Rose: More one-click/Apple pay-type purchase options, it's just so easy. I love the new ASOS feature where you take a photo of any piece of clothing you like, if they sell that dress it will come up, and if they don’t it will show similar items. I think we will see more things like this going forward. I imagine it will just generally become more intelligent and compliment a busy lifestyle, offering faster delivery i.e. within one or two hours.

Ffion: More companies offering quicker and more efficient delivery services. More companies offering free returns. More companies creating a hybrid online/offline experience - e.g. predominantly online stores with “showrooms” offering customer experiences rather than physical stores. Household goods being ordered automatically by smart home devices. Companies using data analytics to better understand their customers and market to them accordingly.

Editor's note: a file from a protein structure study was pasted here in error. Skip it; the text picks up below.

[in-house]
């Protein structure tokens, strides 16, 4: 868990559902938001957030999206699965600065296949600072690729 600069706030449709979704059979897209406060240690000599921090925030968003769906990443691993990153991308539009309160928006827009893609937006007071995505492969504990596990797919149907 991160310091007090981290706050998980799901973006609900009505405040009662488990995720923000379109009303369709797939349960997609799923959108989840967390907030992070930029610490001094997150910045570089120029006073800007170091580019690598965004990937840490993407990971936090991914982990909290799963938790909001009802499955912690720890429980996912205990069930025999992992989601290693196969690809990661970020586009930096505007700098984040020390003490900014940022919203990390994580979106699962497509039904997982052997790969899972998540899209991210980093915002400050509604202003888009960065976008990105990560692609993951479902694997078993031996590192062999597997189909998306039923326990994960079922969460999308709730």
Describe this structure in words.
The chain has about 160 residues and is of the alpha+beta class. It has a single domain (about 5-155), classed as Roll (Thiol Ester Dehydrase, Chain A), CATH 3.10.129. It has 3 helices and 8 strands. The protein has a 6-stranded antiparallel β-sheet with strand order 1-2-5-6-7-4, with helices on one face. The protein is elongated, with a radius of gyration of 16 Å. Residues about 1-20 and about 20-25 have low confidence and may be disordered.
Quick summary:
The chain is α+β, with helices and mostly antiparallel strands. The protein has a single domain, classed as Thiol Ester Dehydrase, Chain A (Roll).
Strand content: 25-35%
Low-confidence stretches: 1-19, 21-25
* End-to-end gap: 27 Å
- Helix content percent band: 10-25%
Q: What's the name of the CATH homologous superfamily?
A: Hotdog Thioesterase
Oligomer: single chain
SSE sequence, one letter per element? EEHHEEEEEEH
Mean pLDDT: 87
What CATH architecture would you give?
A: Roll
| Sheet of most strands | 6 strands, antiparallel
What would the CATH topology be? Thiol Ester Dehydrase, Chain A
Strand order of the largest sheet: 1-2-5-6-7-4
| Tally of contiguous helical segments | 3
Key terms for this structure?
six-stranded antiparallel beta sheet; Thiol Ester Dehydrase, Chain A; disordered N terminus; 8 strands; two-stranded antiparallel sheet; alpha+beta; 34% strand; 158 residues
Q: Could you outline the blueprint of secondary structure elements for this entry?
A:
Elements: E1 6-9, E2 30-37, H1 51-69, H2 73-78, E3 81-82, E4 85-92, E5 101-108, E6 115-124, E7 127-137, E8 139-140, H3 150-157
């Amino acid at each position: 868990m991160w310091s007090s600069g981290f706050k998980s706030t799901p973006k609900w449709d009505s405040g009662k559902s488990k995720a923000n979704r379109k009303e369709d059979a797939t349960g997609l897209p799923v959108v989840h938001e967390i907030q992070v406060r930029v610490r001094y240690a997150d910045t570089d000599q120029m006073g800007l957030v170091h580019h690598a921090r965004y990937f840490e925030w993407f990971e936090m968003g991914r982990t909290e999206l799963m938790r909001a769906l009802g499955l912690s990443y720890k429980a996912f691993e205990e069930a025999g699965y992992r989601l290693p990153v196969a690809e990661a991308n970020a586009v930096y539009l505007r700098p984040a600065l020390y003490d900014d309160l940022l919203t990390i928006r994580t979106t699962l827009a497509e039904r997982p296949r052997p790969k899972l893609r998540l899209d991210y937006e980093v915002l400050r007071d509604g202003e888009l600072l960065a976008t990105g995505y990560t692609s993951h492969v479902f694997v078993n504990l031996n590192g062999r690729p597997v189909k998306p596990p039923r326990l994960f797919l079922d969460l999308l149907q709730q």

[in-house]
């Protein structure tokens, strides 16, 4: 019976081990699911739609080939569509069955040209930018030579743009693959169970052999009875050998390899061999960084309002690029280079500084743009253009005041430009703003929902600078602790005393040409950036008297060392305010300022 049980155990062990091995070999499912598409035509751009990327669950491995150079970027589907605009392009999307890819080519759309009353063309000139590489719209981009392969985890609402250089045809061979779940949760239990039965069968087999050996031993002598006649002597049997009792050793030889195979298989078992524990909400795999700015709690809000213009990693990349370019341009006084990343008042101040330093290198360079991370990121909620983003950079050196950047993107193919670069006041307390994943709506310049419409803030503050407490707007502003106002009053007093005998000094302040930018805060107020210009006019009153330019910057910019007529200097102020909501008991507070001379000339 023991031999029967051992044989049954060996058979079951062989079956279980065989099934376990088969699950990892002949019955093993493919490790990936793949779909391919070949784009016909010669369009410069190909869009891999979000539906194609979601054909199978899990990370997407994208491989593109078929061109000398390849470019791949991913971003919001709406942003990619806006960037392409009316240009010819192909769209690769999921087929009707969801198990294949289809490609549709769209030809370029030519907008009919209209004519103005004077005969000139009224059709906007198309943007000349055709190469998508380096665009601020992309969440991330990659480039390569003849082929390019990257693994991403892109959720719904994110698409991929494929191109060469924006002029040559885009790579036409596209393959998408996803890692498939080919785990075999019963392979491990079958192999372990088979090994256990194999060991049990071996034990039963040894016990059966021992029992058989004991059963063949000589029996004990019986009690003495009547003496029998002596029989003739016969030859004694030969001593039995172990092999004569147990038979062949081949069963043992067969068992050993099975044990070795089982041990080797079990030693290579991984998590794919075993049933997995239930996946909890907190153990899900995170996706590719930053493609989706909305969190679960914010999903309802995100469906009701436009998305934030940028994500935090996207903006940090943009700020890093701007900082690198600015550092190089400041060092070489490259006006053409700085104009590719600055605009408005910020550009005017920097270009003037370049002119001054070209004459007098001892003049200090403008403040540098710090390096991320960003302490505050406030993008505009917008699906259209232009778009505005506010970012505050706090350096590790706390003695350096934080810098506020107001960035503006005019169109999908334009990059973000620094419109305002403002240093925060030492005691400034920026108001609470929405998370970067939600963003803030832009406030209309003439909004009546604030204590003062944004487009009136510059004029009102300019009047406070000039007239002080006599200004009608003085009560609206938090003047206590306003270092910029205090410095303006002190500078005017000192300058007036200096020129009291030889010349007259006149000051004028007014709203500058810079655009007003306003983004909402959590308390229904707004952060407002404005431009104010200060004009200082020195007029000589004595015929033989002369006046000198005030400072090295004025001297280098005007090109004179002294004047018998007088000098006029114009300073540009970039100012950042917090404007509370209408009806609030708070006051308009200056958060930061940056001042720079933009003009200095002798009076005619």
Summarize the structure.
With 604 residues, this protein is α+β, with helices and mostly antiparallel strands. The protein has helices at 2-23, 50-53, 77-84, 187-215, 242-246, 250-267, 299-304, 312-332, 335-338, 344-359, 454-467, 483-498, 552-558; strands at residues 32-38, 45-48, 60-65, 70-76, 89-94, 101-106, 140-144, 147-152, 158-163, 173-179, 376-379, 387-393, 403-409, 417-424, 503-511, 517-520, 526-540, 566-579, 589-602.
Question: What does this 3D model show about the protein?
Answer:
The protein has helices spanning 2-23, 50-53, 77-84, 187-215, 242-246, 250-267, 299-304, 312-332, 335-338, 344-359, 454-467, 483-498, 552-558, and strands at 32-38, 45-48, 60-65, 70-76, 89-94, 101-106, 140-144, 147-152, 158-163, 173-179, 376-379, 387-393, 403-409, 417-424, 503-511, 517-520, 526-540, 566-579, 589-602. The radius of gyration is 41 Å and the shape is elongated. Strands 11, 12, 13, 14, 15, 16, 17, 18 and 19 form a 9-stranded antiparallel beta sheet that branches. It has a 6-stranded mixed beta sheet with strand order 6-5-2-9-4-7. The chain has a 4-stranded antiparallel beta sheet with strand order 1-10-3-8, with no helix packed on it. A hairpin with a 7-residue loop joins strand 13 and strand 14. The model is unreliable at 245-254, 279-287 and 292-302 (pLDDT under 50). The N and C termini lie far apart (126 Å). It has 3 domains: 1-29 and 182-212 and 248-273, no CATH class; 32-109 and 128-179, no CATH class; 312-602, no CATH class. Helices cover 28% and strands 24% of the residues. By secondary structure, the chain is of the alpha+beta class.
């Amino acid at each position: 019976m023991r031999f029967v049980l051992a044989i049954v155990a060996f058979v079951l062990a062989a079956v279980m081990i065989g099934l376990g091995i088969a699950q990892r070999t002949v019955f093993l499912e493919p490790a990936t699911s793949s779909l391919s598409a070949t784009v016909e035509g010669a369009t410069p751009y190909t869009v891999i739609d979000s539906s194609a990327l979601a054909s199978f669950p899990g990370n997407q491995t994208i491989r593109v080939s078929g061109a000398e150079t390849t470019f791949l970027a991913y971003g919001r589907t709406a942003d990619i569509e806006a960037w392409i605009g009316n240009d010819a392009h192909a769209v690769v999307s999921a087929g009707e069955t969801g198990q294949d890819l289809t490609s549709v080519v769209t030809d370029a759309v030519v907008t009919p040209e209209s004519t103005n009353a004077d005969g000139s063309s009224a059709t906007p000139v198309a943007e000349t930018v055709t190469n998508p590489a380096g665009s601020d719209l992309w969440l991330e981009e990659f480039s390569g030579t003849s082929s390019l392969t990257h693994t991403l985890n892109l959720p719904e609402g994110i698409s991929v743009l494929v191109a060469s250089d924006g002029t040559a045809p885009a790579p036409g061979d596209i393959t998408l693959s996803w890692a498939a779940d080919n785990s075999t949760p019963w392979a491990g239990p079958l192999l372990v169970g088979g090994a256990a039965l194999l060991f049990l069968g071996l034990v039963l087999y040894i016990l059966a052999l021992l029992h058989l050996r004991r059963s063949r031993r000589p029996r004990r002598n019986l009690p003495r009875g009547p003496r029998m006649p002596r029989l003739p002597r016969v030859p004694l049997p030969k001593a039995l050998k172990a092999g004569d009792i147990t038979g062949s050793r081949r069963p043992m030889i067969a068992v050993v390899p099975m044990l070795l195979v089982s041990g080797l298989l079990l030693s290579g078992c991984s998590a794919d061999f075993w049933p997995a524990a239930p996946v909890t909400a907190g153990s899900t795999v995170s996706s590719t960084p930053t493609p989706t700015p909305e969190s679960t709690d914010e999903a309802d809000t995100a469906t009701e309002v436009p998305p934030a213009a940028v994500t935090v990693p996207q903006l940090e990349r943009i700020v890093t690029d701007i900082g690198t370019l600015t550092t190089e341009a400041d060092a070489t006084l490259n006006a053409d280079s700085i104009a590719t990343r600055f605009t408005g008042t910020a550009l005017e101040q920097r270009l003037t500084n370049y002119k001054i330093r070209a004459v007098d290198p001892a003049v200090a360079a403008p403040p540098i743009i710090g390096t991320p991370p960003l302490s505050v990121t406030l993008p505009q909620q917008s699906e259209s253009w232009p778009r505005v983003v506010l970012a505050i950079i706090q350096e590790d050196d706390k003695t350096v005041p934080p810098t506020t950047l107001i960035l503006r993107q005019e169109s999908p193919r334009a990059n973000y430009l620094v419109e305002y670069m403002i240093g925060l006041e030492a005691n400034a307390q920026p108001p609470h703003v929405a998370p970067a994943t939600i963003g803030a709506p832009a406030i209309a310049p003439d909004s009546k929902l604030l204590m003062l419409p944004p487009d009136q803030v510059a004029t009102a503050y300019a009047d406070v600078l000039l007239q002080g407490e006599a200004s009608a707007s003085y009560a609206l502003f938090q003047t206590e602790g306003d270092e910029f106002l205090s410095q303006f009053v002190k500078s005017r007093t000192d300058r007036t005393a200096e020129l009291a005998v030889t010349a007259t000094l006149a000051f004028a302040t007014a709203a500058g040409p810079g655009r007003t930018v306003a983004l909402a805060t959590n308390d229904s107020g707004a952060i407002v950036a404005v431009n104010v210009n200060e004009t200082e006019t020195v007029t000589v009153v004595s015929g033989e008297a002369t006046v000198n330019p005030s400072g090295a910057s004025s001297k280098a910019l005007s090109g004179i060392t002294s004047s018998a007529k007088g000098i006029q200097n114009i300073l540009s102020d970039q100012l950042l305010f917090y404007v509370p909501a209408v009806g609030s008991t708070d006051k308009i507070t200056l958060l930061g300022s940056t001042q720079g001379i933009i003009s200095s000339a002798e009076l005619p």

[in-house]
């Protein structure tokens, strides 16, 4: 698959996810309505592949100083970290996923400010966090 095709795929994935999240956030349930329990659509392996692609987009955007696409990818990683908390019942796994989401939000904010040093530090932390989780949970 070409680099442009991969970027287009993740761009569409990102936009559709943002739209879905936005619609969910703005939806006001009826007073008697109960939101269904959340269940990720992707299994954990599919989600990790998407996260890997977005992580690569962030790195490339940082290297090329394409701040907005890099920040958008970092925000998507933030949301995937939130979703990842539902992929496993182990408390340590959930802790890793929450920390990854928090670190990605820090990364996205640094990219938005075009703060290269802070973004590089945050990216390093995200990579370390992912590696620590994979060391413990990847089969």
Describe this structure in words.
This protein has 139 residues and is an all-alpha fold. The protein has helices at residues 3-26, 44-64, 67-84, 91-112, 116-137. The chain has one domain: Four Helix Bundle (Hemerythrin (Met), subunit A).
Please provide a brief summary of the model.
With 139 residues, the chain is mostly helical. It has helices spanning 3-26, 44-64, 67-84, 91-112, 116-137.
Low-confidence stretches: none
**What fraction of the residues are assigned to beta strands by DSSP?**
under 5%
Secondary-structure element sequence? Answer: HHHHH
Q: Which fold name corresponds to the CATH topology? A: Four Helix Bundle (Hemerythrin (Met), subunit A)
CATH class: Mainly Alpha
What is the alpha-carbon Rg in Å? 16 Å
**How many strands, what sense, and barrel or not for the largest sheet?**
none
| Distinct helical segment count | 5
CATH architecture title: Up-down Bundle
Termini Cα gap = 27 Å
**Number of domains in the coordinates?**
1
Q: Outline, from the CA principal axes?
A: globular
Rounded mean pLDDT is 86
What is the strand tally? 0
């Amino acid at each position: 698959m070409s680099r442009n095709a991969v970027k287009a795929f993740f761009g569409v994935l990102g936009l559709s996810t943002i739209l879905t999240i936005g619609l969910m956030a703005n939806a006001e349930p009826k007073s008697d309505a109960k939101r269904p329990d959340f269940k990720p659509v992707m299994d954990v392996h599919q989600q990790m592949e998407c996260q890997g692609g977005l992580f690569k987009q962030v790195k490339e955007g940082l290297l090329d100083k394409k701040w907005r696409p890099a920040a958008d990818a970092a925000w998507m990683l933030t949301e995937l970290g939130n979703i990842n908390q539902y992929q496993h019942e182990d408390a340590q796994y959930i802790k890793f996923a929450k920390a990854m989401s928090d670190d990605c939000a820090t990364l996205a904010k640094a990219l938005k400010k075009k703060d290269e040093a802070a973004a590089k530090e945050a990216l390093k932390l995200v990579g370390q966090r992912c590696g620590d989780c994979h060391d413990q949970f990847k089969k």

Penelope: Retailers using purchase and search history to target consumers with tailored products. Higher video content and detail for each product. Same day delivery becoming more common, and try before you buy.

Hayley: It’s getting bigger all the time! I do most of my shopping online and the service is getting better. Most places will offer a next day service if you pay a little extra, or click and collect. I find click and collect to be a really reliable service as you can be sure it’ll arrive safely and you only need to pick it up. No stress about delivery companies leaving it in a bush or with the neighbour!

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The market for online shopping is growing at a fast rate. And with technology at the heart of online shopping, millennial women will keep shopping online in 2018 and the coming years.